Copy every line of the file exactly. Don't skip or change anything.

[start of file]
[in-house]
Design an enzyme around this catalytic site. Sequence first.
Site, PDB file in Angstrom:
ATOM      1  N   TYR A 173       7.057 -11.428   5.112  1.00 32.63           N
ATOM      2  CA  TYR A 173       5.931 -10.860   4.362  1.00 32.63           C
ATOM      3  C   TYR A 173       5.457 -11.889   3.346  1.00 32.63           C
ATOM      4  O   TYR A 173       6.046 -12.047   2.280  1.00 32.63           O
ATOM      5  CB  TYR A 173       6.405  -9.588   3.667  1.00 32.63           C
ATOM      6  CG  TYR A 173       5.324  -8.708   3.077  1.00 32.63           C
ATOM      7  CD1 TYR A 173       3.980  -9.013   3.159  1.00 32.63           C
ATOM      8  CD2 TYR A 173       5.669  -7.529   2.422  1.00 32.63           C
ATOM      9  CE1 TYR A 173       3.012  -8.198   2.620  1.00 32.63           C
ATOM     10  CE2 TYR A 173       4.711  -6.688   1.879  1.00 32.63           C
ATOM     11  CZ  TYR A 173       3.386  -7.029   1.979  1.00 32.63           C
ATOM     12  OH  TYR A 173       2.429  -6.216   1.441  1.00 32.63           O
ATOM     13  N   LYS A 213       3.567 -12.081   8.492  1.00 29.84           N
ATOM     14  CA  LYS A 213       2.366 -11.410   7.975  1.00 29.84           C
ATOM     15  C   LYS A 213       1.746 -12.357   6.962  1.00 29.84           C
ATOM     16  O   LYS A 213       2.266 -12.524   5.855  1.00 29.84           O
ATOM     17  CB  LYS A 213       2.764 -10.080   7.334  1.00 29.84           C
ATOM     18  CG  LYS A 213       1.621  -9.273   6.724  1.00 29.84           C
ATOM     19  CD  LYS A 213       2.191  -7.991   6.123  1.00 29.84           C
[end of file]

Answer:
[in-house]
Design an enzyme around this catalytic site. Sequence first.
Site, PDB file in Angstrom:
ATOM      1  N   TYR A 173       7.057 -11.428   5.112  1.00 32.63           N
ATOM      2  CA  TYR A 173       5.931 -10.860   4.362  1.00 32.63           C
ATOM      3  C   TYR A 173       5.457 -11.889   3.346  1.00 32.63           C
ATOM      4  O   TYR A 173       6.046 -12.047   2.280  1.00 32.63           O
ATOM      5  CB  TYR A 173       6.405  -9.588   3.667  1.00 32.63           C
ATOM      6  CG  TYR A 173       5.324  -8.708   3.077  1.00 32.63           C
ATOM      7  CD1 TYR A 173       3.980  -9.013   3.159  1.00 32.63           C
ATOM      8  CD2 TYR A 173       5.669  -7.529   2.422  1.00 32.63           C
ATOM      9  CE1 TYR A 173       3.012  -8.198   2.620  1.00 32.63           C
ATOM     10  CE2 TYR A 173       4.711  -6.688   1.879  1.00 32.63           C
ATOM     11  CZ  TYR A 173       3.386  -7.029   1.979  1.00 32.63           C
ATOM     12  OH  TYR A 173       2.429  -6.216   1.441  1.00 32.63           O
ATOM     13  N   LYS A 213       3.567 -12.081   8.492  1.00 29.84           N
ATOM     14  CA  LYS A 213       2.366 -11.410   7.975  1.00 29.84           C
ATOM     15  C   LYS A 213       1.746 -12.357   6.962  1.00 29.84           C
ATOM     16  O   LYS A 213       2.266 -12.524   5.855  1.00 29.84           O
ATOM     17  CB  LYS A 213       2.764 -10.080   7.334  1.00 29.84           C
ATOM     18  CG  LYS A 213       1.621  -9.273   6.724  1.00 29.84           C
ATOM     19  CD  LYS A 213       2.191  -7.991   6.123  1.00 29.84           C